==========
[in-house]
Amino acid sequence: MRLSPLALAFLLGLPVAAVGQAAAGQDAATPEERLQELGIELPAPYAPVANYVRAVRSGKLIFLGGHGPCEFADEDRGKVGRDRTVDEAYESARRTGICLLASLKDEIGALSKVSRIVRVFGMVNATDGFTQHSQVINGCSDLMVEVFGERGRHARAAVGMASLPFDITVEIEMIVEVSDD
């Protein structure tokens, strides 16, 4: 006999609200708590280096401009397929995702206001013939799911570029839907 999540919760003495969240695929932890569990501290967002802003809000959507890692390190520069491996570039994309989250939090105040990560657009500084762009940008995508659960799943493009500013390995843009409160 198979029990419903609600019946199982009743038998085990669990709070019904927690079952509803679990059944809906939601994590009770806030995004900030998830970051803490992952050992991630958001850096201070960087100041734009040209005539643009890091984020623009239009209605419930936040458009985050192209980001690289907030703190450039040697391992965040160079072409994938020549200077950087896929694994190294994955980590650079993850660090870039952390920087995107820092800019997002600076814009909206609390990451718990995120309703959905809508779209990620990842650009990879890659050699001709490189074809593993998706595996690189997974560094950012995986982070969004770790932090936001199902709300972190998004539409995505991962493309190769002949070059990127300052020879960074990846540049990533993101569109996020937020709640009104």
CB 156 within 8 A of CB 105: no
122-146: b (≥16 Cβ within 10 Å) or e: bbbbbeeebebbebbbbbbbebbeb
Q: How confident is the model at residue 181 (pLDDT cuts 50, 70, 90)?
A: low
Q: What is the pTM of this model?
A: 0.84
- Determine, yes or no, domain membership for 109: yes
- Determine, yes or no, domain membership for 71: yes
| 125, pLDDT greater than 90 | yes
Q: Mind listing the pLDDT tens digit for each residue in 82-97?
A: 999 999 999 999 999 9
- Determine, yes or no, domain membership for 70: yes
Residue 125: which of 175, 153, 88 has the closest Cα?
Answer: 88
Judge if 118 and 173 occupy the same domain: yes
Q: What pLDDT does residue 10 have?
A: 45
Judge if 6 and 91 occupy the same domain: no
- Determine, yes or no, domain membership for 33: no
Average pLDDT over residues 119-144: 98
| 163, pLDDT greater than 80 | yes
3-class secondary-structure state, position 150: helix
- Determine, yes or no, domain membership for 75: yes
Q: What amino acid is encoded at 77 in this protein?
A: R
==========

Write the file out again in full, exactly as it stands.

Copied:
[in-house]
Amino acid sequence: MRLSPLALAFLLGLPVAAVGQAAAGQDAATPEERLQELGIELPAPYAPVANYVRAVRSGKLIFLGGHGPCEFADEDRGKVGRDRTVDEAYESARRTGICLLASLKDEIGALSKVSRIVRVFGMVNATDGFTQHSQVINGCSDLMVEVFGERGRHARAAVGMASLPFDITVEIEMIVEVSDD
């Protein structure tokens, strides 16, 4: 006999609200708590280096401009397929995702206001013939799911570029839907 999540919760003495969240695929932890569990501290967002802003809000959507890692390190520069491996570039994309989250939090105040990560657009500084762009940008995508659960799943493009500013390995843009409160 198979029990419903609600019946199982009743038998085990669990709070019904927690079952509803679990059944809906939601994590009770806030995004900030998830970051803490992952050992991630958001850096201070960087100041734009040209005539643009890091984020623009239009209605419930936040458009985050192209980001690289907030703190450039040697391992965040160079072409994938020549200077950087896929694994190294994955980590650079993850660090870039952390920087995107820092800019997002600076814009909206609390990451718990995120309703959905809508779209990620990842650009990879890659050699001709490189074809593993998706595996690189997974560094950012995986982070969004770790932090936001199902709300972190998004539409995505991962493309190769002949070059990127300052020879960074990846540049990533993101569109996020937020709640009104």
CB 156 within 8 A of CB 105: no
122-146: b (≥16 Cβ within 10 Å) or e: bbbbbeeebebbebbbbbbbebbeb
Q: How confident is the model at residue 181 (pLDDT cuts 50, 70, 90)?
A: low
Q: What is the pTM of this model?
A: 0.84
- Determine, yes or no, domain membership for 109: yes
- Determine, yes or no, domain membership for 71: yes
| 125, pLDDT greater than 90 | yes
Q: Mind listing the pLDDT tens digit for each residue in 82-97?
A: 999 999 999 999 999 9
- Determine, yes or no, domain membership for 70: yes
Residue 125: which of 175, 153, 88 has the closest Cα?
Answer: 88
Judge if 118 and 173 occupy the same domain: yes
Q: What pLDDT does residue 10 have?
A: 45
Judge if 6 and 91 occupy the same domain: no
- Determine, yes or no, domain membership for 33: no
Average pLDDT over residues 119-144: 98
| 163, pLDDT greater than 80 | yes
3-class secondary-structure state, position 150: helix
- Determine, yes or no, domain membership for 75: yes
Q: What amino acid is encoded at 77 in this protein?
A: R